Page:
Languages of Sri Lanka
|Languages of Sri Lanka|
A road sign in Sinhala, Tamil and English
|Signed||multiple sign languages|
Several languages are spoken in Sri Lanka within the Indo-European, Dravidian and Austronesian families. Sri Lanka accords official status to Sinhala and Tamil. The languages spoken on the island nation are deeply influenced by the languages of neighbouring India, the Maldives and Malaysia. Arab settlers and the colonial powers of Portugal, the Netherlands and Britain have also influenced the development of modern languages in Sri Lanka.
Native and indigenous languages
As per 2016, the Sinhala language is mostly spoken by the Sinhalese people, who constitute approximately 74.9% of the national population and total about 16.6 million. It uses the Sinhala abugida script, which is derived from the ancient Brahmi script. The Rodiya language, a dialect of Sinhala, is spoken by the low-caste community of chamodi veddhas. The Veddah people, totaling barely 2,500 in 2002, speaks the Veddah language, of which the origin is debated. The Tamil language is spoken by Sri Lankan Tamils, as well as by Tamil migrants from the neighboring Indian state of Tamil Nadu and by most Sri Lankan Moors. Tamil speakers number around 4.7 million. There are more than 40,000 speakers of the Sri Lankan Malay language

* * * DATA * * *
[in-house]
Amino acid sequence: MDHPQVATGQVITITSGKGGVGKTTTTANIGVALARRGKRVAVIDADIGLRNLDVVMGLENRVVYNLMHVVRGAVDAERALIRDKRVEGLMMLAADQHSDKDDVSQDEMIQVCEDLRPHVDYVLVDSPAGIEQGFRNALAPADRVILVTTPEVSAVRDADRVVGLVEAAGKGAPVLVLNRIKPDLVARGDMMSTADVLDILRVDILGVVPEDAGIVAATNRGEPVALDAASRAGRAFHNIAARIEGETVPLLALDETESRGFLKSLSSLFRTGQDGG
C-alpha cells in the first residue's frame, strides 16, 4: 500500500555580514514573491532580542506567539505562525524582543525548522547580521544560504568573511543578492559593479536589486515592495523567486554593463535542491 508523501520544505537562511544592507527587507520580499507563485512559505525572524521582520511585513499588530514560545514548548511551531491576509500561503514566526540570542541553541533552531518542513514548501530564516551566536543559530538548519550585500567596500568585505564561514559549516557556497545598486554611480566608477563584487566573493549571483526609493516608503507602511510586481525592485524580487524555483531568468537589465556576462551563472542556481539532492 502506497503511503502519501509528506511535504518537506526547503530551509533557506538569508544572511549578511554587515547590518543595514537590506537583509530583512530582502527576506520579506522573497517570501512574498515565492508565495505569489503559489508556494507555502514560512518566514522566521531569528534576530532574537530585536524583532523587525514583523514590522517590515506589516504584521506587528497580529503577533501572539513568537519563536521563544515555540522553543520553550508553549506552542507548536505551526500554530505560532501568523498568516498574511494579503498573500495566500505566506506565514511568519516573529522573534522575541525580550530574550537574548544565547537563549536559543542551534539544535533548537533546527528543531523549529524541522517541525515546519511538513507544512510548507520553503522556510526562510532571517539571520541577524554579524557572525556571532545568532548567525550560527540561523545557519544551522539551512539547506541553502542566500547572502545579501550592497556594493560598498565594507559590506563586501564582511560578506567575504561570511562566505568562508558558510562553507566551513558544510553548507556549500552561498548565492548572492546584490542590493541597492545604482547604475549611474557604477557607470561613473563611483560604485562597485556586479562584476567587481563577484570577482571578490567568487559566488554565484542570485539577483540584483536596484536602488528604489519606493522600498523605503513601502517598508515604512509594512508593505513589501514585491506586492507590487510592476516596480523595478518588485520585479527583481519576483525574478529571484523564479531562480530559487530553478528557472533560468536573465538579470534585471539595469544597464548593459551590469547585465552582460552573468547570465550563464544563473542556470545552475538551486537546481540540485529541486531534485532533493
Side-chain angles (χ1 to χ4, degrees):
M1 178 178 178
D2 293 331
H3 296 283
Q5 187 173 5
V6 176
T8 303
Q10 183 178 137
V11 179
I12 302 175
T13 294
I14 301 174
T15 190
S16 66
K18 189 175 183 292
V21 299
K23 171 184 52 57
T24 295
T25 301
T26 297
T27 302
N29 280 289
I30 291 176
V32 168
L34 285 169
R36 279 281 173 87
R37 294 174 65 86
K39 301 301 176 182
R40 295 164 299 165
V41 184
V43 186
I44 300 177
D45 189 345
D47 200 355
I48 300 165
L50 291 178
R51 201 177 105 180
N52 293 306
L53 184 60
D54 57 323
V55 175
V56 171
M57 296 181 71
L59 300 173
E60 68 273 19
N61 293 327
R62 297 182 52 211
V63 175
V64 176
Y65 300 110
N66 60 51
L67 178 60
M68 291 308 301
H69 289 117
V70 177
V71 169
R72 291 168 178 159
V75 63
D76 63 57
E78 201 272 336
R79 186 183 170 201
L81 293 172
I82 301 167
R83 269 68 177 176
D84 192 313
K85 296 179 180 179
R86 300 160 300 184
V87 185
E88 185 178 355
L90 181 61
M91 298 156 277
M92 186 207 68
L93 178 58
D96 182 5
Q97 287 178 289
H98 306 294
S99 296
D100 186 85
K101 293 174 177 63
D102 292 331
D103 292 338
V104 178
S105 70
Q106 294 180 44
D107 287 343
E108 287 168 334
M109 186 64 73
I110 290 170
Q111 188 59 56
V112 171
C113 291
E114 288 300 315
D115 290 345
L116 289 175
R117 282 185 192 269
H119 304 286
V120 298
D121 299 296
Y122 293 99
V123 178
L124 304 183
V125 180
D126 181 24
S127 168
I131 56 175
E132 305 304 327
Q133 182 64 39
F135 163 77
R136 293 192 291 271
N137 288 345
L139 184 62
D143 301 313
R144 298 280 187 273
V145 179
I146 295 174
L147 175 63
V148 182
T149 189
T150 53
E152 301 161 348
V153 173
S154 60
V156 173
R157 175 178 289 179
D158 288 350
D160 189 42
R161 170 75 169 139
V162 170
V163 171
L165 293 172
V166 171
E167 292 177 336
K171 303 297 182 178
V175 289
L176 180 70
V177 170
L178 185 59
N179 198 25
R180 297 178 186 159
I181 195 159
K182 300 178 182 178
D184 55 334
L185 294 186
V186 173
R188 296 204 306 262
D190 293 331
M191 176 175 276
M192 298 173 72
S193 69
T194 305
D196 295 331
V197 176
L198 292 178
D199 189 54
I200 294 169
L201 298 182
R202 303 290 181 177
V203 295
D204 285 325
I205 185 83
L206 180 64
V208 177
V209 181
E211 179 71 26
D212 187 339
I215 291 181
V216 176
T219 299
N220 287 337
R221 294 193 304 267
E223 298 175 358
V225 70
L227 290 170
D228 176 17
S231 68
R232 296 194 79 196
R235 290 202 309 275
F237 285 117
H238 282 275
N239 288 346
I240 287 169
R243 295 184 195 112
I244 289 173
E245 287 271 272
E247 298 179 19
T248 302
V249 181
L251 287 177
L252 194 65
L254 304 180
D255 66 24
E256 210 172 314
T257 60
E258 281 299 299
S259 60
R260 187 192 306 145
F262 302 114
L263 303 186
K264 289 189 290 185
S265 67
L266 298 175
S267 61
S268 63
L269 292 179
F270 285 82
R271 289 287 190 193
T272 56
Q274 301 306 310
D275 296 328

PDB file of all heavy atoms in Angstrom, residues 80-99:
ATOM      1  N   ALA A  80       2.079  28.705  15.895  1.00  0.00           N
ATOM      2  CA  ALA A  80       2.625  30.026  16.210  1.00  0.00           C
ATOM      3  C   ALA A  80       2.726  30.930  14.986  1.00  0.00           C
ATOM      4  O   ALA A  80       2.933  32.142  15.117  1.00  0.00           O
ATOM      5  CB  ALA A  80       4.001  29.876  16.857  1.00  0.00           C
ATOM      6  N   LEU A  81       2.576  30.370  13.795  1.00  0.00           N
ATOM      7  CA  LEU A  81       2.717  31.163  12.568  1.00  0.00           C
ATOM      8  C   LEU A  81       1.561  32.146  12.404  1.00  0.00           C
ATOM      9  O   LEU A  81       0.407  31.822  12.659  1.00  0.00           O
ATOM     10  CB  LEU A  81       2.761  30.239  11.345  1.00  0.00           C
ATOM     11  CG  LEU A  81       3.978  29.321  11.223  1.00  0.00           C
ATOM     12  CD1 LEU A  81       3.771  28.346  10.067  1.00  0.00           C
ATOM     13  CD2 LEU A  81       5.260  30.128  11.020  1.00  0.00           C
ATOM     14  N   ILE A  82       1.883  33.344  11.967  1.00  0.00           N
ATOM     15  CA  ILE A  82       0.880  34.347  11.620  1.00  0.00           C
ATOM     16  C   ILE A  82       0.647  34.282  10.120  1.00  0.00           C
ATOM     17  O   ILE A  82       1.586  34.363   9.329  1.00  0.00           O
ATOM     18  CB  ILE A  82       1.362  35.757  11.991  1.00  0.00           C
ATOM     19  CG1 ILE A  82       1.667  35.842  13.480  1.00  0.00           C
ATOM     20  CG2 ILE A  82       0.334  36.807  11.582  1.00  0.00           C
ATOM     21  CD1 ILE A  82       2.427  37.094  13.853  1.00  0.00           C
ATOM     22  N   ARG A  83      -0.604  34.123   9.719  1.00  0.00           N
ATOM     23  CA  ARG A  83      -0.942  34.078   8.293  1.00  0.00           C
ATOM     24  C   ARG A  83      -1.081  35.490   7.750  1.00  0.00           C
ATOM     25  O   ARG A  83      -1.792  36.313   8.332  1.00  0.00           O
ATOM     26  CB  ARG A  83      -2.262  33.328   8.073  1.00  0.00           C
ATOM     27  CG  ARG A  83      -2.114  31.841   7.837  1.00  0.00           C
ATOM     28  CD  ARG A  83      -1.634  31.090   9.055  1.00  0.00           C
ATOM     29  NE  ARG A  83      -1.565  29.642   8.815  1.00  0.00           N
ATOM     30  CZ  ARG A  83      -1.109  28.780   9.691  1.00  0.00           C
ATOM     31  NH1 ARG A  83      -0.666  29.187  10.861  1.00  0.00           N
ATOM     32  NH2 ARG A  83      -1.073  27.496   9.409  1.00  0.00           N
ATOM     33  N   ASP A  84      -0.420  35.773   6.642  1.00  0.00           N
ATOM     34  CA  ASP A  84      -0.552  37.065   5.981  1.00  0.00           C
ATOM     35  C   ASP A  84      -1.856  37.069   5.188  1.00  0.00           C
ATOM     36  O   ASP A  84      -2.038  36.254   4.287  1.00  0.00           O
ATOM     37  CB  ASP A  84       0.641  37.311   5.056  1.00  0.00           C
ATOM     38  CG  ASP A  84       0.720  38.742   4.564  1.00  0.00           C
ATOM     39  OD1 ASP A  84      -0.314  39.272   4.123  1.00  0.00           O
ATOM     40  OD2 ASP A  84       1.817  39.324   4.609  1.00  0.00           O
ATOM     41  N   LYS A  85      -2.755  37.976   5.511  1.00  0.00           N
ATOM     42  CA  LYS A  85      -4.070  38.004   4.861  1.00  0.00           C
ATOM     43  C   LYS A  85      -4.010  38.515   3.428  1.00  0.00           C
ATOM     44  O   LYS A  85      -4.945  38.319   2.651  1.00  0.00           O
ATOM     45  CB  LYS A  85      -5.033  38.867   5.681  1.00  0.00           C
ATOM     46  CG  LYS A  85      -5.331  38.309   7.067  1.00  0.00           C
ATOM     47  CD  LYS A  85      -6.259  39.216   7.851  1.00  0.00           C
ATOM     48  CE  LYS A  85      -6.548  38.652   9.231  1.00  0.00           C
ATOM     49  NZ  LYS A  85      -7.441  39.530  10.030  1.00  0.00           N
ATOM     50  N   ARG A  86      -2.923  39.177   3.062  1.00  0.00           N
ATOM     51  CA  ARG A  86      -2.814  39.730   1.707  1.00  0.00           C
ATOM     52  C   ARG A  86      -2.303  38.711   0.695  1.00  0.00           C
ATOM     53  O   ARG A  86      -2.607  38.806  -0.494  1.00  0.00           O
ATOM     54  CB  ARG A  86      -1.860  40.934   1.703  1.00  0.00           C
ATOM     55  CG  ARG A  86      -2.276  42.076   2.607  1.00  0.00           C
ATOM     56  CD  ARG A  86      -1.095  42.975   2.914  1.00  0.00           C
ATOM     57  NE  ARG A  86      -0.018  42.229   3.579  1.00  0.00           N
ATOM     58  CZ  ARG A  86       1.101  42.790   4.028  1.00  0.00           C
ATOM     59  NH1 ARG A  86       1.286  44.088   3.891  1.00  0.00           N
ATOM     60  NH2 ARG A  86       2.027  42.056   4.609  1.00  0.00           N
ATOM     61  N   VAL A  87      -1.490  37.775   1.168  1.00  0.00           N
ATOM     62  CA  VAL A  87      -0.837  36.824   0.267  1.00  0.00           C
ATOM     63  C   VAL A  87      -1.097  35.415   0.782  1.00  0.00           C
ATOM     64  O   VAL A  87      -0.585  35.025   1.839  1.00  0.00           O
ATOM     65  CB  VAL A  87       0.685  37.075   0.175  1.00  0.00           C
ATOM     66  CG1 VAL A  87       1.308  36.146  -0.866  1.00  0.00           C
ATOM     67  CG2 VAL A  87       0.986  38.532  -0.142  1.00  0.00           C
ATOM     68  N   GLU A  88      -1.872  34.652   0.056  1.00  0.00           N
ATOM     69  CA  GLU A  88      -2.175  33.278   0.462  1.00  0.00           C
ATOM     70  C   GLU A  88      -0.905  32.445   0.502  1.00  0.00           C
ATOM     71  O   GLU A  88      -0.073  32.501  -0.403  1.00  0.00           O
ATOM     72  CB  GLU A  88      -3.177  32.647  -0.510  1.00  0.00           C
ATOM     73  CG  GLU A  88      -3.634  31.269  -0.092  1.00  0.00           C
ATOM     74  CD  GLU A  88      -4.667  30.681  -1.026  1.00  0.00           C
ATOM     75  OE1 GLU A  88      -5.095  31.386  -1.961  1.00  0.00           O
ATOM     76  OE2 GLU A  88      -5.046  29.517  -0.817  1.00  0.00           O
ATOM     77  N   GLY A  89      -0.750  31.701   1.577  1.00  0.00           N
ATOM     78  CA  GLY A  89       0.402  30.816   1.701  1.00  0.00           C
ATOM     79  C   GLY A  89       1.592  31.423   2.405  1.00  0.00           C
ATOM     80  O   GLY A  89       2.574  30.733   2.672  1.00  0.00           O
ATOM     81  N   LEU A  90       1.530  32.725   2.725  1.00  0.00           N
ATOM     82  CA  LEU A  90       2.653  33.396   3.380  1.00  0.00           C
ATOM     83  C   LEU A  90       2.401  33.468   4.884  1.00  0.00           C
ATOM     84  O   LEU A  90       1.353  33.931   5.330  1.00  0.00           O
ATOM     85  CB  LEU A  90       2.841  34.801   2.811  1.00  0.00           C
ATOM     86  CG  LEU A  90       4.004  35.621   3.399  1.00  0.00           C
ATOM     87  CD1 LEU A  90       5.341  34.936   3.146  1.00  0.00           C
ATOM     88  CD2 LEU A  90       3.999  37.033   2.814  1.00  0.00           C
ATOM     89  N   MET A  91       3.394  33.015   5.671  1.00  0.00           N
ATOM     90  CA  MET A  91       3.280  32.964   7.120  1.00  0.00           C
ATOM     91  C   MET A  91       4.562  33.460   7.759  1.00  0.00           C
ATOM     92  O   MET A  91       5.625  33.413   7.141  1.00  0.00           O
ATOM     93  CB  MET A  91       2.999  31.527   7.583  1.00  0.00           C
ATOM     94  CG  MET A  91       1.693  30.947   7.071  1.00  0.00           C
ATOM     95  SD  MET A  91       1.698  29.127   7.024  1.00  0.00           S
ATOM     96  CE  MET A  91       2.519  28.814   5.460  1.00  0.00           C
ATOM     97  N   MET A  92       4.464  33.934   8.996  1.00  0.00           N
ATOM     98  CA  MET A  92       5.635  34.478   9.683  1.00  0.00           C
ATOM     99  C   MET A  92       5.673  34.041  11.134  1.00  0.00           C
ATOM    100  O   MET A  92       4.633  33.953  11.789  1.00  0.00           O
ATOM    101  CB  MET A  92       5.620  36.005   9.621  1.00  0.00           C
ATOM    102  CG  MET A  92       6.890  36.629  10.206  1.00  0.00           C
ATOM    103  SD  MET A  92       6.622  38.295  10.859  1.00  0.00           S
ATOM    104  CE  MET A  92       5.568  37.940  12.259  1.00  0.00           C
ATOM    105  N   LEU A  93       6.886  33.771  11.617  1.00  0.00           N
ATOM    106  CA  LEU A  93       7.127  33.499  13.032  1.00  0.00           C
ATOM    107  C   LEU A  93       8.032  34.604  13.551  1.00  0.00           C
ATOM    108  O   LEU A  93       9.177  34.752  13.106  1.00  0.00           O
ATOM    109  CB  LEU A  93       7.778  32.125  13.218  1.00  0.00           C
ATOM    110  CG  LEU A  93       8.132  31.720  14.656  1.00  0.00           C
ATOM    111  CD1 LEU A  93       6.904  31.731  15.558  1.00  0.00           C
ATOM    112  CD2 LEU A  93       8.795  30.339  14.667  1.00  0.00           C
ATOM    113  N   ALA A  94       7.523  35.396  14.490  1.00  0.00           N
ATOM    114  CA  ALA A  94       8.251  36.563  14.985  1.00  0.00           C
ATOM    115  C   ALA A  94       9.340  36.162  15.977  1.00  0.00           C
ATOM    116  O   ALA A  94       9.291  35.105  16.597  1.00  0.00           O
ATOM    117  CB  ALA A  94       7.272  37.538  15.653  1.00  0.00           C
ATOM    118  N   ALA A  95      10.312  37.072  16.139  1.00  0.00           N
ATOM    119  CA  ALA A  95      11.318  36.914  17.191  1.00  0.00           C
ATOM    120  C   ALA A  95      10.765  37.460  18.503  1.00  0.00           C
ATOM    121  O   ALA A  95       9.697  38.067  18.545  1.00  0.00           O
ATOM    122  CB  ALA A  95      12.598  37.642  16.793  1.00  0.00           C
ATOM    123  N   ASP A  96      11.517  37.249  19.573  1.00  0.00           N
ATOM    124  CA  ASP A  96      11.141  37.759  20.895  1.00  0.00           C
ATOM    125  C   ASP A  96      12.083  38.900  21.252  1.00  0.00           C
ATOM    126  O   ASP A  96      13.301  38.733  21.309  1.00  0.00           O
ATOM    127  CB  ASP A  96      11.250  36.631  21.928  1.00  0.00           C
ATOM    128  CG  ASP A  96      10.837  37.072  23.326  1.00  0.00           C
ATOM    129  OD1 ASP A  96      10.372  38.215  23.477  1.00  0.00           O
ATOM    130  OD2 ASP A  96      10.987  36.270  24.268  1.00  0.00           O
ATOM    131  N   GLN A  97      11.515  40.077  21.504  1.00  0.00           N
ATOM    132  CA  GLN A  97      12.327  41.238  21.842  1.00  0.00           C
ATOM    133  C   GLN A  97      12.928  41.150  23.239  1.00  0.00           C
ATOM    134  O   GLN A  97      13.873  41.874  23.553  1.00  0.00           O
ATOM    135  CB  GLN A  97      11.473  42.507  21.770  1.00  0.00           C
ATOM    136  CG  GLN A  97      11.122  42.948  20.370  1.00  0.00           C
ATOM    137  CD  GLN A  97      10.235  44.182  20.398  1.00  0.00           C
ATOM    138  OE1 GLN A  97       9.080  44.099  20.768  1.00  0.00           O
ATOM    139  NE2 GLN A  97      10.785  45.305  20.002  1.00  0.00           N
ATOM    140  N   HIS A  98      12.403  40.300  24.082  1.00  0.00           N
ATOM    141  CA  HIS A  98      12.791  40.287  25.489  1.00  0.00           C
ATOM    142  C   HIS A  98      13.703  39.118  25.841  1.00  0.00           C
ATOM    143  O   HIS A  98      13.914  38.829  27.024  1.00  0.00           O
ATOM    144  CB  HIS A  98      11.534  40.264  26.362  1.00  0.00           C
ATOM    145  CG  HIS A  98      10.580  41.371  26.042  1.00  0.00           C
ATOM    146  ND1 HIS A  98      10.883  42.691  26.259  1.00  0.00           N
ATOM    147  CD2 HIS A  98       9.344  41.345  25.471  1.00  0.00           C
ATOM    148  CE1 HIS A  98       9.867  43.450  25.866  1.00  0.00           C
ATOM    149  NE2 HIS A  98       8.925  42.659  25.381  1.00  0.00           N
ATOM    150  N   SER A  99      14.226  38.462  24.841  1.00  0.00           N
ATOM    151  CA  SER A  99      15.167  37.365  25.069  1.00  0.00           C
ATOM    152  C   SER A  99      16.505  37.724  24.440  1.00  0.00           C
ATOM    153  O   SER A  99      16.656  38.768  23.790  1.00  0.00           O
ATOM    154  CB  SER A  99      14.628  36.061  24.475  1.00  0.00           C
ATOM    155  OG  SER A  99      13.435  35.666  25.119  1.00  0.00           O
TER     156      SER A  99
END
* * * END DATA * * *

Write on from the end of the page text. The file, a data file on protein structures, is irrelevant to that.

Languages of foreign origin
English in Sri Lanka is fluently spoken by approximately 23.8% of the population, and widely used for official and commercial purposes. It is the native language of approximately 74,000 people, mainly in urban areas. A handful of the 3,400 people of Portuguese descent speak Sri Lankan Portuguese creole. The Muslim community in Sri Lanka widely uses Arabic for religious purposes. Seldom used nowadays is Arwi, a written register of Tamil that uses the Arabic script and has extensive lexical influences from Arabic.